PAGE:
CLA

An explicit CLA may cede copyright to the project maintainer, or it may simply grant certain rights to the maintainer to use the contributor's code (wiki). If copyright is ceded, then that code is now a contribution of the project owner, no differently to any other part of the project.

If the project owner merely has a license to use the contribution in their project, then a forker seems to be on shakier ground, and the exact situation probably depends on the details of the CLA.

"Implicit" CLAs, and Community Expectations

There is generally a community expectation that "inbound=outbound": that contributions to Free projects are Free. As far as I can tell, this is mistaken. However, some platforms make this assumption into an explicit agreement in their Terms of Service. The linked question gives an example of GitHub, and again this varies from platform to platform.

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  • As Brandin pointed out, it depends on Alice's intent. But I agree that unless Alice clearly makes an expression to the contrary, you're right, which is why non-copyleft free projects would be well advised to get CLAs from contributors. – MadHatter Sep 30 at 10:11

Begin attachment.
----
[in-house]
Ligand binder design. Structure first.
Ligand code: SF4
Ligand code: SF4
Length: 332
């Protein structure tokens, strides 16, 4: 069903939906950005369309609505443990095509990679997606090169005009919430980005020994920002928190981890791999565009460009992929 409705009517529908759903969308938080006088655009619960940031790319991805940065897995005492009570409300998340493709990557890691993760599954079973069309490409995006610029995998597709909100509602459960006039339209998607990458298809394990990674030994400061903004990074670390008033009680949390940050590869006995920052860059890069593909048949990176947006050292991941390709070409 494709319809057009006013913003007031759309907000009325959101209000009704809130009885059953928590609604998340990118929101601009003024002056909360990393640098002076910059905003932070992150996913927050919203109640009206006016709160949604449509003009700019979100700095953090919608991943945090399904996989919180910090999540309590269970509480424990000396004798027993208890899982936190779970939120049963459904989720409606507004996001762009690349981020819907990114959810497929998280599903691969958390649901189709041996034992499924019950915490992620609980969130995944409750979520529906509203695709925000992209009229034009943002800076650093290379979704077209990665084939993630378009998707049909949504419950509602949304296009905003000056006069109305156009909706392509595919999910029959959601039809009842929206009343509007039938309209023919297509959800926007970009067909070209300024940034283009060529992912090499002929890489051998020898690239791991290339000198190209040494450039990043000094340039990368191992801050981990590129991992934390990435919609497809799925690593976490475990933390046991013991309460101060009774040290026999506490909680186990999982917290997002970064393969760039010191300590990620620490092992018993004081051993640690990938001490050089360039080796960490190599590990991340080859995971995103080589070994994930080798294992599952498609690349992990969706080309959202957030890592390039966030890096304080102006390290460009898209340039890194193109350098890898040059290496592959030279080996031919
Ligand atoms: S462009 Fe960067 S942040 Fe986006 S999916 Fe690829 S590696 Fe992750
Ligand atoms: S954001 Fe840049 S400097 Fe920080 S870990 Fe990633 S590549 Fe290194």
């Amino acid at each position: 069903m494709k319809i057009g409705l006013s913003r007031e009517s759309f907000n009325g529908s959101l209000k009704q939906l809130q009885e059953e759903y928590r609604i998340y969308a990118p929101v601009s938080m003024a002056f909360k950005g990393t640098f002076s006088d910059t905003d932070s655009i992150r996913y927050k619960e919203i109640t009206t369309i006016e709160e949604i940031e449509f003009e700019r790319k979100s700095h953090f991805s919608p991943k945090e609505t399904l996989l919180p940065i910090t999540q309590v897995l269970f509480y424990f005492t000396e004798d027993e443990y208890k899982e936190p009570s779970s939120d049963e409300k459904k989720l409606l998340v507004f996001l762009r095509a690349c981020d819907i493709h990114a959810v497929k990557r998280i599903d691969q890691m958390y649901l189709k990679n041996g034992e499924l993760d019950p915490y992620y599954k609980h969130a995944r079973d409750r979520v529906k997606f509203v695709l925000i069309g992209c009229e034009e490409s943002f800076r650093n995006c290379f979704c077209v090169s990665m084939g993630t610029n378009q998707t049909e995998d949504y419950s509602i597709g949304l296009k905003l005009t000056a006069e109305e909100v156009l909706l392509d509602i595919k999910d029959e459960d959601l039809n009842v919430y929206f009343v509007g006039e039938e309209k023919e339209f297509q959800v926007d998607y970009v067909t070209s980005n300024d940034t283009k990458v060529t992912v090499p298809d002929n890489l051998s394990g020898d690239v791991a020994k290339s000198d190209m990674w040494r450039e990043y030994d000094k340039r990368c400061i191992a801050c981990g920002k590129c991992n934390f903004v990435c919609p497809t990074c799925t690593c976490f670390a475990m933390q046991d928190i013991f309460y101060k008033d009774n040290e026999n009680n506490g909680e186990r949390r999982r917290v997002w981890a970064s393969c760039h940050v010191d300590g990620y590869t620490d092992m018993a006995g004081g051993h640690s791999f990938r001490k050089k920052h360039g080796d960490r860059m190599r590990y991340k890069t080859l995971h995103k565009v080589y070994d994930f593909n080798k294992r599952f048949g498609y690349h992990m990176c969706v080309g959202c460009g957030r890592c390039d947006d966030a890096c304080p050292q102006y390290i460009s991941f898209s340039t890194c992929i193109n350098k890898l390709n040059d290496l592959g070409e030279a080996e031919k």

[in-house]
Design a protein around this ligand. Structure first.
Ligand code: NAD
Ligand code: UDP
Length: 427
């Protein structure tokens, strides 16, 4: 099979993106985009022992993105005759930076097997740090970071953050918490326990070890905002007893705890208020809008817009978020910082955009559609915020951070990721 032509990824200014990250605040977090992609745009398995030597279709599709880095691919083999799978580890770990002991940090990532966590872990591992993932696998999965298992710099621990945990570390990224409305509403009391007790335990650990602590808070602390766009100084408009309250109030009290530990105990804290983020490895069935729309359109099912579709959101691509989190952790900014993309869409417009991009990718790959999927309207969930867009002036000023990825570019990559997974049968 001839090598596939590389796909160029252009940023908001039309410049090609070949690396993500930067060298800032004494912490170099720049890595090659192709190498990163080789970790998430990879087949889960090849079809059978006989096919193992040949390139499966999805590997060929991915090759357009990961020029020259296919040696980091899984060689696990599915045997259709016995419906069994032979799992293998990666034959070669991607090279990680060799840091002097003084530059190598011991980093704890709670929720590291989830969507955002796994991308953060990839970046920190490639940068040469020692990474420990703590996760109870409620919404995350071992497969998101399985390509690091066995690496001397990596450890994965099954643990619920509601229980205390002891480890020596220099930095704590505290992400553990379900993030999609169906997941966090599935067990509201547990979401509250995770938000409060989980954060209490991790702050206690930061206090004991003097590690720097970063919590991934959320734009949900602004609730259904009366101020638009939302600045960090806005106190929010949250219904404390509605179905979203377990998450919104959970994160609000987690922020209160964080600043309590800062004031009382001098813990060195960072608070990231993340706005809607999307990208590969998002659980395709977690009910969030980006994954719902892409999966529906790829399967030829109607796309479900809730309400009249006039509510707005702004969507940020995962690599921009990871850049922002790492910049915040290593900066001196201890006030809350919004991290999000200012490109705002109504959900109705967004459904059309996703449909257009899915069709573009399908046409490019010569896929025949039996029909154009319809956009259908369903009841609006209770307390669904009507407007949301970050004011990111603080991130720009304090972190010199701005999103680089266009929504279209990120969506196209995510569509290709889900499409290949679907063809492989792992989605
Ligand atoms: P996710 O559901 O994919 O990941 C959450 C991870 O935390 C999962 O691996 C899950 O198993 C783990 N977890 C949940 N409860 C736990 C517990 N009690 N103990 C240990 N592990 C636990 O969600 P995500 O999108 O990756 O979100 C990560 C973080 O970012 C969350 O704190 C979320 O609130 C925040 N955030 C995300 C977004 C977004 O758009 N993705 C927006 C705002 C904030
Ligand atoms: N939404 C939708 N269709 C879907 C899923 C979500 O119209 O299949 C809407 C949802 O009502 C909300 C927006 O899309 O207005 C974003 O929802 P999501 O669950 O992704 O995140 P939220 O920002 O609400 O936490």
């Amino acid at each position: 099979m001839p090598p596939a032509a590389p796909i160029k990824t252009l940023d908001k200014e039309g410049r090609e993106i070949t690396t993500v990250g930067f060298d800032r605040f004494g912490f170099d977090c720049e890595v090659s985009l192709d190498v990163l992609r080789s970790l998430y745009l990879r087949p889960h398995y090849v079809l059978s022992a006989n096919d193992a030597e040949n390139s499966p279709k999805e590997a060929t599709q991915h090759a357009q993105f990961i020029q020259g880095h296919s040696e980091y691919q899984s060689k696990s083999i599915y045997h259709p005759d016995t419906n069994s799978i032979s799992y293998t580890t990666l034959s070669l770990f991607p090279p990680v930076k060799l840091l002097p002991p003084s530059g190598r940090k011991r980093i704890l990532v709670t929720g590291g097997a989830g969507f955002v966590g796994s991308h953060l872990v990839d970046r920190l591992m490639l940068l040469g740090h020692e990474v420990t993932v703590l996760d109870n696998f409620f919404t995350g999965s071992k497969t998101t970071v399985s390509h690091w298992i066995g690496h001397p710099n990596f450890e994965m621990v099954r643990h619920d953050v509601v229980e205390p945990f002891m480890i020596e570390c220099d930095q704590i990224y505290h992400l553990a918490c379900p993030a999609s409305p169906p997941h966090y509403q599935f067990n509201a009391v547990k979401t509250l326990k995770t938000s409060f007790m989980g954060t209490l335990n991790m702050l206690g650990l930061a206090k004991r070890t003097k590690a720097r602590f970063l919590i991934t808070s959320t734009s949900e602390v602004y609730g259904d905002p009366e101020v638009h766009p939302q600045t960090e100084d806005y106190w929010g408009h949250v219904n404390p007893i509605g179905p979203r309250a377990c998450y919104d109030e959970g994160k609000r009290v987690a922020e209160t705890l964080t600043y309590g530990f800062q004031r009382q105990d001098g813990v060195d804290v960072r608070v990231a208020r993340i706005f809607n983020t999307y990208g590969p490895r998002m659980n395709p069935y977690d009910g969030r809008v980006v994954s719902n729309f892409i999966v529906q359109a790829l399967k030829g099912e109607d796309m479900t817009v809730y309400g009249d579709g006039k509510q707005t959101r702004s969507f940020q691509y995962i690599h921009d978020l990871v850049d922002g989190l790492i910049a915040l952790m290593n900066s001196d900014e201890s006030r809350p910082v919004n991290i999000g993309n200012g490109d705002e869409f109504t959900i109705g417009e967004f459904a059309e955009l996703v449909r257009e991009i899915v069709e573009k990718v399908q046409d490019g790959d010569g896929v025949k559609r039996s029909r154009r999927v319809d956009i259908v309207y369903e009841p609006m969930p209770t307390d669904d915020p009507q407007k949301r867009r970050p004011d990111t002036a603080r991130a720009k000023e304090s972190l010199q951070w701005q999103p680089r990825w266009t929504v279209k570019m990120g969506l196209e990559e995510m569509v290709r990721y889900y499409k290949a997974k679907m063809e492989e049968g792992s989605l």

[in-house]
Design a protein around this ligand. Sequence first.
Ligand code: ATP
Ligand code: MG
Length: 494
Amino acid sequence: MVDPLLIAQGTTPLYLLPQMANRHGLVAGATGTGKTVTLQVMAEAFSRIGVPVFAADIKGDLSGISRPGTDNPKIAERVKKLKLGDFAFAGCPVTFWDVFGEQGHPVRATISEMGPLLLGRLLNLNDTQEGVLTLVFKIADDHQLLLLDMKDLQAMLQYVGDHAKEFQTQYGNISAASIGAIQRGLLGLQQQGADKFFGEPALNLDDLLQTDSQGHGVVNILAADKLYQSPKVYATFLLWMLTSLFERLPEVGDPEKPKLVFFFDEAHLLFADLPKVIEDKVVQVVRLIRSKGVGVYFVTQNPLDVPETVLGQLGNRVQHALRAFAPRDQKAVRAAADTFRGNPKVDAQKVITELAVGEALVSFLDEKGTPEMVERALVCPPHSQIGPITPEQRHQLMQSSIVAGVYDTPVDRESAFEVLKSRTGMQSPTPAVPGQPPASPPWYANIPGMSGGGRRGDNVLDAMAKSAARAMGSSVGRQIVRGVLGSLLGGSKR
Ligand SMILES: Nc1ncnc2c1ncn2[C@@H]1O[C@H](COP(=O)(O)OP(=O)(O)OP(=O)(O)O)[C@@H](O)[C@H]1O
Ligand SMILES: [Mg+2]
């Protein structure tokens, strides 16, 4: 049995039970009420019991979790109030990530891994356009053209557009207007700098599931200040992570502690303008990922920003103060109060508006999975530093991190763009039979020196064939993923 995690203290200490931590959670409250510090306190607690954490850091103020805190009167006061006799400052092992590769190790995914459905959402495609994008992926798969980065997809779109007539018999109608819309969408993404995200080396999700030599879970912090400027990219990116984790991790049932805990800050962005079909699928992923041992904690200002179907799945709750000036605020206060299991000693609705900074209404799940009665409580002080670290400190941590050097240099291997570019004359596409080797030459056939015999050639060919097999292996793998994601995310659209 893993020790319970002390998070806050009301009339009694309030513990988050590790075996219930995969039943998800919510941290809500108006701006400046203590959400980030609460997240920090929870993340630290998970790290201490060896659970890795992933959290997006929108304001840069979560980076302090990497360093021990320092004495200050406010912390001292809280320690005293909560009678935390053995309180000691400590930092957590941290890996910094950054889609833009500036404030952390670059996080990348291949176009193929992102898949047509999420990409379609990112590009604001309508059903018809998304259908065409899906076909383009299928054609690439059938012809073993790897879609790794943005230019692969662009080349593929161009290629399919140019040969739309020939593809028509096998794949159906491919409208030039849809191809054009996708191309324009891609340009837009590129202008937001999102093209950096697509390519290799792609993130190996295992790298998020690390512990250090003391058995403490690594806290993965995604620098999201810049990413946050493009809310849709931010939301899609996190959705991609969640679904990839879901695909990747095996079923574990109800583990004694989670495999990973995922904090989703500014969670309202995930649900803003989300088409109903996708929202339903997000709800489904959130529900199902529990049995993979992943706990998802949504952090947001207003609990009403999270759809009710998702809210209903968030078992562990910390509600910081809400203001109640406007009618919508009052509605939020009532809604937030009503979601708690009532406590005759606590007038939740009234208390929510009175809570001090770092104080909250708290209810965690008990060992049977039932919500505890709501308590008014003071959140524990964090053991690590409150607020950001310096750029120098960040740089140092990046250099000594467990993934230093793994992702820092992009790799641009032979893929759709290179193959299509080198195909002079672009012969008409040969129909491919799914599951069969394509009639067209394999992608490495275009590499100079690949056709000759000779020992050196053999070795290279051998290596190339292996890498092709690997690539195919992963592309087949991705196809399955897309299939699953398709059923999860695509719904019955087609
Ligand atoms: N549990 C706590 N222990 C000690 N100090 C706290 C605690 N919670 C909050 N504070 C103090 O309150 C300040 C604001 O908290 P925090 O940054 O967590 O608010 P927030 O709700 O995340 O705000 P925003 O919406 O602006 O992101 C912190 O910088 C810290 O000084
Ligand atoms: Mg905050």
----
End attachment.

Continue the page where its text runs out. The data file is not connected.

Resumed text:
• Indeed, I was double checking your references as I posted and noticed a link to this answer which indicates a kind of "custom" which is not in law, but I guess would probably be respected by a court (but I don't know of any precendent). I plan to add more details. – preferred_anon Sep 30 at 10:13
  • I think your guess is wrong. As the court showed in Great Minds v FedEx Office when they rejected CC's amicus brief, courts are generally uninterested in the internal traditions and consensus of groups like the free software community. They're solely interested, and rightly so, in law and legal precedent. – MadHatter Sep 30 at 10:56
  • @MadHatter Thanks for that clarification, and all your informative comments. I've updated the answer to give the fullest picture that I understand. – preferred_anon Sep 30 at 12:20